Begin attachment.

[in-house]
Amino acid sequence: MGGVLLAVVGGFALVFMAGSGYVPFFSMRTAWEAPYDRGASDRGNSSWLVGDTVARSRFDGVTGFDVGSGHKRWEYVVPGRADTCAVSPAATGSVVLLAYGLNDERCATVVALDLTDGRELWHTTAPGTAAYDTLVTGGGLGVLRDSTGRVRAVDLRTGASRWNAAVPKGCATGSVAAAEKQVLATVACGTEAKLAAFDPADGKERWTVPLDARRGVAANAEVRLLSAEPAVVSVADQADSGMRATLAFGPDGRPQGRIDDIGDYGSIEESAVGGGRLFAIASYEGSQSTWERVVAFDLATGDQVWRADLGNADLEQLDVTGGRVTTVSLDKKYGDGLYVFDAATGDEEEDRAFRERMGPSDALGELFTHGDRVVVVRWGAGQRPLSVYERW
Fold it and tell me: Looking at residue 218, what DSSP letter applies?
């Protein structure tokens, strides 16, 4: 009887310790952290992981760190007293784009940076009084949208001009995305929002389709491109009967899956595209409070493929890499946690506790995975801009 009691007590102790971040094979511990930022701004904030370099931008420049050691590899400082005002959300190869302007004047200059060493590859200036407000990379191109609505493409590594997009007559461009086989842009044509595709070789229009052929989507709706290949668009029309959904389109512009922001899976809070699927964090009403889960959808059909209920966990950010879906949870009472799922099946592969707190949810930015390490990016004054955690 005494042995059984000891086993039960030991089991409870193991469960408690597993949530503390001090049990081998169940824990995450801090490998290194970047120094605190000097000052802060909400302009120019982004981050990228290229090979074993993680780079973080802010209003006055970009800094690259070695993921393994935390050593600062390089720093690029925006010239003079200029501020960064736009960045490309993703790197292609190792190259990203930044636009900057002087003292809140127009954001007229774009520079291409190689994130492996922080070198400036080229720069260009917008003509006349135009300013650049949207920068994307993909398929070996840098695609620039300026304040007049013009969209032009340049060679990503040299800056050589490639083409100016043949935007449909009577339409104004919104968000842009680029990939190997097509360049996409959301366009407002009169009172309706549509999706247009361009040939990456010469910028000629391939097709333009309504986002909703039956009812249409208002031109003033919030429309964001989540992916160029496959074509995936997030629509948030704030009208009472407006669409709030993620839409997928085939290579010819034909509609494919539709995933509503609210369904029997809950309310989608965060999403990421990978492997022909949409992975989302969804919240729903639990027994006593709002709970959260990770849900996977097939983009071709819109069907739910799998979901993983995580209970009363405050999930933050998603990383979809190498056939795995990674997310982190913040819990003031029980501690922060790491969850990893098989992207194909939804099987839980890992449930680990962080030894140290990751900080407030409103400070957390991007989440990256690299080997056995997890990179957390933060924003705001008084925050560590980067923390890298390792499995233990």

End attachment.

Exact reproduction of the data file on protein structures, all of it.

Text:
[in-house]
Amino acid sequence: MGGVLLAVVGGFALVFMAGSGYVPFFSMRTAWEAPYDRGASDRGNSSWLVGDTVARSRFDGVTGFDVGSGHKRWEYVVPGRADTCAVSPAATGSVVLLAYGLNDERCATVVALDLTDGRELWHTTAPGTAAYDTLVTGGGLGVLRDSTGRVRAVDLRTGASRWNAAVPKGCATGSVAAAEKQVLATVACGTEAKLAAFDPADGKERWTVPLDARRGVAANAEVRLLSAEPAVVSVADQADSGMRATLAFGPDGRPQGRIDDIGDYGSIEESAVGGGRLFAIASYEGSQSTWERVVAFDLATGDQVWRADLGNADLEQLDVTGGRVTTVSLDKKYGDGLYVFDAATGDEEEDRAFRERMGPSDALGELFTHGDRVVVVRWGAGQRPLSVYERW
Fold it and tell me: Looking at residue 218, what DSSP letter applies?
């Protein structure tokens, strides 16, 4: 009887310790952290992981760190007293784009940076009084949208001009995305929002389709491109009967899956595209409070493929890499946690506790995975801009 009691007590102790971040094979511990930022701004904030370099931008420049050691590899400082005002959300190869302007004047200059060493590859200036407000990379191109609505493409590594997009007559461009086989842009044509595709070789229009052929989507709706290949668009029309959904389109512009922001899976809070699927964090009403889960959808059909209920966990950010879906949870009472799922099946592969707190949810930015390490990016004054955690 005494042995059984000891086993039960030991089991409870193991469960408690597993949530503390001090049990081998169940824990995450801090490998290194970047120094605190000097000052802060909400302009120019982004981050990228290229090979074993993680780079973080802010209003006055970009800094690259070695993921393994935390050593600062390089720093690029925006010239003079200029501020960064736009960045490309993703790197292609190792190259990203930044636009900057002087003292809140127009954001007229774009520079291409190689994130492996922080070198400036080229720069260009917008003509006349135009300013650049949207920068994307993909398929070996840098695609620039300026304040007049013009969209032009340049060679990503040299800056050589490639083409100016043949935007449909009577339409104004919104968000842009680029990939190997097509360049996409959301366009407002009169009172309706549509999706247009361009040939990456010469910028000629391939097709333009309504986002909703039956009812249409208002031109003033919030429309964001989540992916160029496959074509995936997030629509948030704030009208009472407006669409709030993620839409997928085939290579010819034909509609494919539709995933509503609210369904029997809950309310989608965060999403990421990978492997022909949409992975989302969804919240729903639990027994006593709002709970959260990770849900996977097939983009071709819109069907739910799998979901993983995580209970009363405050999930933050998603990383979809190498056939795995990674997310982190913040819990003031029980501690922060790491969850990893098989992207194909939804099987839980890992449930680990962080030894140290990751900080407030409103400070957390991007989440990256690299080997056995997890990179957390933060924003705001008084925050560590980067923390890298390792499995233990």